Diamonds are known for their ability to catch light and sparkle. We may think this has to do with the “shape” of the diamond, but actually it has to do with the “diamond cut”. The diamond cut doesn’t mean that it is round, pear, oval, etc. It actually refers to how well the diamond facets play with the surrounding light.
When we refer to diamond cut, it is actually the act changing the diamond from a rough stone into a faceted gem. Since they’re extremely hard, cutting diamonds isn’t exactly easy. In fact, it requires specialized tools, techniques, equipment and techniques, and the work is typically done by a gem cutter.
Why Are Diamonds Cut?
The rough version of diamonds is actually not that impressive. In fact, it will just look like a pebble and may have scars all over it if it was mined. A diamond cutter will change this rough look into the precious gems we know so well. There are different cuts available, including single cut, table cut, Mazarin cut, Peruzzi Cut, point cut and old European cut.
The practice of cutting diamonds originated in the 15th century. Flemish cutter, Lodewyk van Berquem, invented the scaif in 1475. This was a diamond polishing wheel that could change the shape of the diamonds and make them more brilliant. Over the many years of cutting diamonds, the processes have greatly improved.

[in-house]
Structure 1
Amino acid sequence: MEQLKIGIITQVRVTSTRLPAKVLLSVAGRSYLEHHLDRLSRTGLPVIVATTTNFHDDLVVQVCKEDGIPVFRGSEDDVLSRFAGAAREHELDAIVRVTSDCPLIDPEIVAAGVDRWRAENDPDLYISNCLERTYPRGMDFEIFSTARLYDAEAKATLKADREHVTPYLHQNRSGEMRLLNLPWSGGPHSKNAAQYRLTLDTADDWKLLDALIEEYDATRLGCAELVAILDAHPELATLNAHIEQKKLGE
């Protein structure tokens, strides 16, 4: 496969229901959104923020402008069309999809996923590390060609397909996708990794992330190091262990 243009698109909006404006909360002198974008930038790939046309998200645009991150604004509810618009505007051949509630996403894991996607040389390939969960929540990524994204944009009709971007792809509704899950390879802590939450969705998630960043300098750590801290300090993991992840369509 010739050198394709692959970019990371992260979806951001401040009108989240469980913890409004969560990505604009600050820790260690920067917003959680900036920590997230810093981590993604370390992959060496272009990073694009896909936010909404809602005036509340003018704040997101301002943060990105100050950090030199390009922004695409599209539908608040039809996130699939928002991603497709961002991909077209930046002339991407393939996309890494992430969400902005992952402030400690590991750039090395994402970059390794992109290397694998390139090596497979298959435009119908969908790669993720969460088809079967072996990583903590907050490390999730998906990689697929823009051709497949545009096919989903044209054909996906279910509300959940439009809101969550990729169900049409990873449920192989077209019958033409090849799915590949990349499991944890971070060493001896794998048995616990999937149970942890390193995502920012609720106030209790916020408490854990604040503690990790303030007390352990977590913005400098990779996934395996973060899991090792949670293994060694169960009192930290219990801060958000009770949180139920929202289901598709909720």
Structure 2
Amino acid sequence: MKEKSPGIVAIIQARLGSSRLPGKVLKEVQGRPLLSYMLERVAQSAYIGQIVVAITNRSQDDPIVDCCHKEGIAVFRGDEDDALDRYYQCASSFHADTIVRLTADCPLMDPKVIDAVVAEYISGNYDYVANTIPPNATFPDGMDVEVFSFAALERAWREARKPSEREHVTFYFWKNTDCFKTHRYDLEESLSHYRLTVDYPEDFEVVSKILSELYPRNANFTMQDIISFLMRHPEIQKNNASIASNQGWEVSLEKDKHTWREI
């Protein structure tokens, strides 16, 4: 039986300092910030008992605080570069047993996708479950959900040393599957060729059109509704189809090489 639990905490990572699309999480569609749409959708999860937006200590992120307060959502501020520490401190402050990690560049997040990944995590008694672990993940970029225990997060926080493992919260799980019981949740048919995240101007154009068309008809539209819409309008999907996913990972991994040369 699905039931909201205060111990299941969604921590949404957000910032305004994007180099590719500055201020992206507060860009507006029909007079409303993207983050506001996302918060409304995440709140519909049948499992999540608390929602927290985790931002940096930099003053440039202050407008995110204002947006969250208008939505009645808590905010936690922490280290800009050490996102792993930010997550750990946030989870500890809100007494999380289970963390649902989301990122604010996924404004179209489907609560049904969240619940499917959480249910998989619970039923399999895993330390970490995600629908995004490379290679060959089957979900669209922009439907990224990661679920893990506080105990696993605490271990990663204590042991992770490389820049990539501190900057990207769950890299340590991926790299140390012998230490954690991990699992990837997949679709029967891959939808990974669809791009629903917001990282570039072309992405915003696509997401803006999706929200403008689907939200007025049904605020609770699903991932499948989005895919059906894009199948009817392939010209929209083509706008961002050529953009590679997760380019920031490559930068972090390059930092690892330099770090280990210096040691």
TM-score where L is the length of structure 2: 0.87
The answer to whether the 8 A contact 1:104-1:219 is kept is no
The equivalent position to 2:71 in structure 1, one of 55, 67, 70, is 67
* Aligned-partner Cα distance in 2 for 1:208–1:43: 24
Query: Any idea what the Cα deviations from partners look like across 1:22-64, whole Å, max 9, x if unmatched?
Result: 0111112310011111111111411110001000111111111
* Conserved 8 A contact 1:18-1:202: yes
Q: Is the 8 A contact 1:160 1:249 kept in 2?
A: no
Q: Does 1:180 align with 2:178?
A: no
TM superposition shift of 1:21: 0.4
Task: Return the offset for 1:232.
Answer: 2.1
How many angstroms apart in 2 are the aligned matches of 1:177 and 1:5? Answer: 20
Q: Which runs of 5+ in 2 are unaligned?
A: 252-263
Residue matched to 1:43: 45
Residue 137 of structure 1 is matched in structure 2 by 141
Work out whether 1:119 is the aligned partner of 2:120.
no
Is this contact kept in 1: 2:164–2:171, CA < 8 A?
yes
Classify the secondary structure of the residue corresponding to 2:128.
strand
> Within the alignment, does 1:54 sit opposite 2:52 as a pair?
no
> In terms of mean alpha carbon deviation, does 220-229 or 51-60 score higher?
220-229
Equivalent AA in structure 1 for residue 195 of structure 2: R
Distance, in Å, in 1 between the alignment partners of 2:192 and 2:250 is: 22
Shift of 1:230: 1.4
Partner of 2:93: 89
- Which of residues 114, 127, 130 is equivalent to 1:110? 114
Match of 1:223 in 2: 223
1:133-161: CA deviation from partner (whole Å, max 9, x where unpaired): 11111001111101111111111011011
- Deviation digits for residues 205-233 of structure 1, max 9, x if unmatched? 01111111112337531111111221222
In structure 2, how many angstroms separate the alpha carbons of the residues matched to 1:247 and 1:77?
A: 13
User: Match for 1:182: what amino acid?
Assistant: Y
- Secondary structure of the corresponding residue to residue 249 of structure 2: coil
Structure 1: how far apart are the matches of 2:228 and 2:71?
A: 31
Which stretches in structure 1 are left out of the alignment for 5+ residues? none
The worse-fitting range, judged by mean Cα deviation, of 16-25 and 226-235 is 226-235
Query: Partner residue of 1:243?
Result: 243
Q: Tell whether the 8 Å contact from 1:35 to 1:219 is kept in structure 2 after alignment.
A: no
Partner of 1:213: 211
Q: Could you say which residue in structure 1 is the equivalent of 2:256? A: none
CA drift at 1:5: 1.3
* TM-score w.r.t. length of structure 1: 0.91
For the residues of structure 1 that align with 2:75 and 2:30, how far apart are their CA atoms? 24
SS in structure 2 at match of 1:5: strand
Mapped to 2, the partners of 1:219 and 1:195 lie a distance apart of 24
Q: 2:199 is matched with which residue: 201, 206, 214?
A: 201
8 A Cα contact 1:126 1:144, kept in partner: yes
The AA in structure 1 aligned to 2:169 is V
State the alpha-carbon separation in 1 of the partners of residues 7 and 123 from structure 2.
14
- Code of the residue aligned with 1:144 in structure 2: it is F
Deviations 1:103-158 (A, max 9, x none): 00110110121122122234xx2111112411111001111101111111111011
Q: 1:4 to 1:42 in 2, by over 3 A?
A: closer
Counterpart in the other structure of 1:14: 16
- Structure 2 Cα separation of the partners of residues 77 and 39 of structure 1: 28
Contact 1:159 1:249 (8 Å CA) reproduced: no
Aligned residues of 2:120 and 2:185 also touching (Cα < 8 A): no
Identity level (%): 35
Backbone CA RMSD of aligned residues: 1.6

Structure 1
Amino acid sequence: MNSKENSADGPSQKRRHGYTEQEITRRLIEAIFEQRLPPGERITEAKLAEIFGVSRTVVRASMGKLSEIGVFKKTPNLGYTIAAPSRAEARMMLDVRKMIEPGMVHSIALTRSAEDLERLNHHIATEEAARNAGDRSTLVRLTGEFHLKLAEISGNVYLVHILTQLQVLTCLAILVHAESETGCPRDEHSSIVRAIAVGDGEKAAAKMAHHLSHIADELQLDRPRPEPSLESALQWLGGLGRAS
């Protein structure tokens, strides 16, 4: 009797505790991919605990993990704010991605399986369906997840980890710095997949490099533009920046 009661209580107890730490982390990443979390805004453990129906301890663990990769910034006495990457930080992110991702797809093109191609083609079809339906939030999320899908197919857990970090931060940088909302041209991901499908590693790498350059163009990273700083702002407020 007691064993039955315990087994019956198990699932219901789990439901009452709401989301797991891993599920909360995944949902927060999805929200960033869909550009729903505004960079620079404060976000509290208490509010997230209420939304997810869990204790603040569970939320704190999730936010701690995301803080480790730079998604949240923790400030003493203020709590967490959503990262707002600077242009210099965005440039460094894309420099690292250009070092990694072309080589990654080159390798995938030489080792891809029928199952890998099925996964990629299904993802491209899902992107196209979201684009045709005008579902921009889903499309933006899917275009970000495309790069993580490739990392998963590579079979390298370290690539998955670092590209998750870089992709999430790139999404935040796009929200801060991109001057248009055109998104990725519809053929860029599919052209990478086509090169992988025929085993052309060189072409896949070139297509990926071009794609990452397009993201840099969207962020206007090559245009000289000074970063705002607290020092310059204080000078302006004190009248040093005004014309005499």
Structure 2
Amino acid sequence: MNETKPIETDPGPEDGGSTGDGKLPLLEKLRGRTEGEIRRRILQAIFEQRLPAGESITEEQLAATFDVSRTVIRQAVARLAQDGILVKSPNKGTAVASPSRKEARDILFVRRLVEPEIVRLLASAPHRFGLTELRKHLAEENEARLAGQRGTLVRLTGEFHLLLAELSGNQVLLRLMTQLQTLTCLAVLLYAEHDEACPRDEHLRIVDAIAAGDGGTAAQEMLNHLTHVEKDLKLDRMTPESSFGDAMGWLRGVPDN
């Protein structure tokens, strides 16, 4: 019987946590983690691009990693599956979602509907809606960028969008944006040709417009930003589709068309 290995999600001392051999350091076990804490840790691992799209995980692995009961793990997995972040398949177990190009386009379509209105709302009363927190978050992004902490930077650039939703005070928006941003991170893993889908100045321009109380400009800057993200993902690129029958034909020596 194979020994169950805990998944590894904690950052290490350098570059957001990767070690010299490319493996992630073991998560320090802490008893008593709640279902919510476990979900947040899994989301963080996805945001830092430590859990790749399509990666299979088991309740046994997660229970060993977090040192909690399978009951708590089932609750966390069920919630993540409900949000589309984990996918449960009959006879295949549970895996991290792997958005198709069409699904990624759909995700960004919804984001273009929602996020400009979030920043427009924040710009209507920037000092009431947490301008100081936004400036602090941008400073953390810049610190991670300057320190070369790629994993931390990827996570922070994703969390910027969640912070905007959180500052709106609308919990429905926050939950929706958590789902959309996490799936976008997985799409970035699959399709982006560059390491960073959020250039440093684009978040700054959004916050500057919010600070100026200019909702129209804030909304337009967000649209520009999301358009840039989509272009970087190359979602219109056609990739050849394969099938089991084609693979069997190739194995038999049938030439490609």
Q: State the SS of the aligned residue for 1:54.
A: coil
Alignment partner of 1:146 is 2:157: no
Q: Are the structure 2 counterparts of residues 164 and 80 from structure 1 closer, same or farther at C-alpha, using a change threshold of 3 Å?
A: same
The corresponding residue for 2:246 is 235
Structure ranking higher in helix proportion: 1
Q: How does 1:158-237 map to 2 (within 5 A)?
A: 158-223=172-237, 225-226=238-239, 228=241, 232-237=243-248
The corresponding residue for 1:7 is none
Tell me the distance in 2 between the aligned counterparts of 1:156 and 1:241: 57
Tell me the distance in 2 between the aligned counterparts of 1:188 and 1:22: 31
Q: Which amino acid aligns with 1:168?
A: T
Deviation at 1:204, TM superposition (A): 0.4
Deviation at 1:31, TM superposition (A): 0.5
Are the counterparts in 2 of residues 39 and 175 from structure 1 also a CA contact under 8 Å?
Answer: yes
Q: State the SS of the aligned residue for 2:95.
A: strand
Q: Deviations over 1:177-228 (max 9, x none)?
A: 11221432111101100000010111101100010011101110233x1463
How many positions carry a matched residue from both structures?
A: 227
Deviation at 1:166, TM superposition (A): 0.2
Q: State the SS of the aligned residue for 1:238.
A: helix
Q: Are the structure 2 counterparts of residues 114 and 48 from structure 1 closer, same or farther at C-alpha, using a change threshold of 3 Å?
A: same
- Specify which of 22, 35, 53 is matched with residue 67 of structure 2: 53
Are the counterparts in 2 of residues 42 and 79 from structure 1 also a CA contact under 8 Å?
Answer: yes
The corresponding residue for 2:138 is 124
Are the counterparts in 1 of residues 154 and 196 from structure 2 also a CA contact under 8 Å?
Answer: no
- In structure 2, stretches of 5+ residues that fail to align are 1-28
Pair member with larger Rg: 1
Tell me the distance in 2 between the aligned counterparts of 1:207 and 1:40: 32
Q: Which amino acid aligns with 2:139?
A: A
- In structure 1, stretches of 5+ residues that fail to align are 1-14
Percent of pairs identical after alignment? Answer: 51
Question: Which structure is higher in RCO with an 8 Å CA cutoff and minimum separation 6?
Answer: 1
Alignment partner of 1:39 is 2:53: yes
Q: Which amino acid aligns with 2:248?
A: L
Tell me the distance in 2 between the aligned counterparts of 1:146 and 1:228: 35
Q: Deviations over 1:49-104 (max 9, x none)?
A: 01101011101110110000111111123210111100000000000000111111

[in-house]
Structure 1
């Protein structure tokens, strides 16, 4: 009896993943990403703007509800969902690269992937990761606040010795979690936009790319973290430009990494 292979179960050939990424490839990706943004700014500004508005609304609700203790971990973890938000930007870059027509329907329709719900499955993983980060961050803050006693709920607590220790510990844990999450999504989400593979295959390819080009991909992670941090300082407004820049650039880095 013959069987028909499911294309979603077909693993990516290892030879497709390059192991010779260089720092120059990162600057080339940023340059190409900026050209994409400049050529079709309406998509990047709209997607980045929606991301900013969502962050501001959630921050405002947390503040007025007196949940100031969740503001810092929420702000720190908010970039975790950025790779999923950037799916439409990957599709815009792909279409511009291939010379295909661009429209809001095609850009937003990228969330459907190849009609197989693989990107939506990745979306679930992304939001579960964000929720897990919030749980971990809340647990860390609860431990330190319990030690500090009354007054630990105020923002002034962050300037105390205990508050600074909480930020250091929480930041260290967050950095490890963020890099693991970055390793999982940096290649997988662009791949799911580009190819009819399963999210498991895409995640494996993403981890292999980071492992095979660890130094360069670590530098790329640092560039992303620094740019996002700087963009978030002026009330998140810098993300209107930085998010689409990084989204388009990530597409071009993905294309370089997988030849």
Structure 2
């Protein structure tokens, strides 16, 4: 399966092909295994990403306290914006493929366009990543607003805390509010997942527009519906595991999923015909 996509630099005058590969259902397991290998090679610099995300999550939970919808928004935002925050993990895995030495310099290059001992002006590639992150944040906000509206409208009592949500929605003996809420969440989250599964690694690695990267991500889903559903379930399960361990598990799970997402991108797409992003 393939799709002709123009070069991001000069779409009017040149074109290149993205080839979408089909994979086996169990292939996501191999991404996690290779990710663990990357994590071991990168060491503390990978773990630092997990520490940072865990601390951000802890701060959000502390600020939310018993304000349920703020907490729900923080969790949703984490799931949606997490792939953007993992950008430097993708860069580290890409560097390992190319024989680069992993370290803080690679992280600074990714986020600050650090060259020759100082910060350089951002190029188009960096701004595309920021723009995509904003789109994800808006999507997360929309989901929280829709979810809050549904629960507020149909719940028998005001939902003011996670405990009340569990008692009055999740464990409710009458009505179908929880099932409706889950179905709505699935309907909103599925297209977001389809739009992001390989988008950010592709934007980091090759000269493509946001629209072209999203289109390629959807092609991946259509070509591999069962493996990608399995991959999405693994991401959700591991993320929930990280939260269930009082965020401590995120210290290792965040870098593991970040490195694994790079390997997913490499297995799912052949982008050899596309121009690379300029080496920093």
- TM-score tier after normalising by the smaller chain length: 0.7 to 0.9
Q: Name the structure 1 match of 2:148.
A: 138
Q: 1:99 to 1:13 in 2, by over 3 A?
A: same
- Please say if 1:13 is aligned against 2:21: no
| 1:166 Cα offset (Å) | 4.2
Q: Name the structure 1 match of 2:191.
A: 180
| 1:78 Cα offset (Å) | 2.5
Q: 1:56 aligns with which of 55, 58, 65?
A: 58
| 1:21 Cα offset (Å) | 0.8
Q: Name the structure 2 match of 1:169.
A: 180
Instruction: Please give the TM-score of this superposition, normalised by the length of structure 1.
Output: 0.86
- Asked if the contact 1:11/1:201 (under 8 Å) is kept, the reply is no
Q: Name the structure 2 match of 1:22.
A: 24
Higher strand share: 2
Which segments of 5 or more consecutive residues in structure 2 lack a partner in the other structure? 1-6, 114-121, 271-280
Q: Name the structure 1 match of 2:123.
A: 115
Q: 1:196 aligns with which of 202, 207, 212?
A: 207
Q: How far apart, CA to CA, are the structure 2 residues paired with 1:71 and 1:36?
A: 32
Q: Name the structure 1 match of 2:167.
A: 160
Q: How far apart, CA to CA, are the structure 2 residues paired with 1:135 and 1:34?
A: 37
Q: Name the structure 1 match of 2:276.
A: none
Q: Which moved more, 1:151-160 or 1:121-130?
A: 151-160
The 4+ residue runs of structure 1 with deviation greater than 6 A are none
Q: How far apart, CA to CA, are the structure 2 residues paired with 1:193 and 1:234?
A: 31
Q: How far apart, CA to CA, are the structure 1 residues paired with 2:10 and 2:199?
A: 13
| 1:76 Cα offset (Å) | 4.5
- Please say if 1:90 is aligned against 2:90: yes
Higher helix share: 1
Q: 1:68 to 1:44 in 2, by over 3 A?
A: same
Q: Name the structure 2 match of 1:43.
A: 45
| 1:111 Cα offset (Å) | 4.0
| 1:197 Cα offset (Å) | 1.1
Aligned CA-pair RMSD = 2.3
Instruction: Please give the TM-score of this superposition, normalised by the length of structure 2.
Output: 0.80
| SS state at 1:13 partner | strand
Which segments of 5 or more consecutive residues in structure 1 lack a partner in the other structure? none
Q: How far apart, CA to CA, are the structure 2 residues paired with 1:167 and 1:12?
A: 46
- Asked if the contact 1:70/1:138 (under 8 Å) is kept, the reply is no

What Is the Process for Cutting Diamonds?
Diamonds can be cut by hand or by machine. The latter is very accurate, but the former requires extreme knowledge and a high level of craftmanship. The sawing will be done by either a steel blade or laser. It typically takes four to eight hours to cut a one-carat diamond with a saw.
To keep the diamond in place during the process, it is often placed in a wax or cement mold. It is then cleaved along the weakest point: the tetrahedral plane. If it doesn’t have a weak area, it will have to be sawed.
There are basic steps to cutting diamonds, including the following:
- Sorting through the available inventory: The goal when sorting through the rough diamonds is to find ones that will provide the greatest yield. The margins for creating quality diamonds are small. Most mined diamonds will turn to dust during the cutting process.
- Planning: This typically involves using software to plan out the diamond cut. The diamond will also be marked up to find the best shape.
- Sawing the rough gem into a starting shape: Some diamonds won’t be sawn. This will depend on different factors.
- Shaping the girdle: The girdle is the thin diamond perimeter. It divides the crown from the pavilion. This can be polished, rough or faceted. Step cut diamonds will have polished girdles while brilliant cut diamonds will have faceted girdles.
- Polishing: All the different facets will be polished.
Analyzing the Diamond Rough
Typically, the hardest part of the diamond cutting procedure is evaluating the rough of the diamond. This requires a lot of expertise by the diamond cutter. Calculations are made by the maker that determine the cut and yields, and the maker also has to determine the best possible gem to create in the current market conditions.
To start the process, three-dimensional scans are taken, which provide measurements, visualizations, color and clarity estimates, and maps of inclusions. This is an extremely important step since, once the cutting begins, errors can’t happen.
The End Result: A Brilliant Diamond
Once the cutting and polishing is finished, the maker is left with a diamond that can reflect and refract light – creating a brilliantly finished product. The cut is the most important part of the 4Cs of diamond quality.
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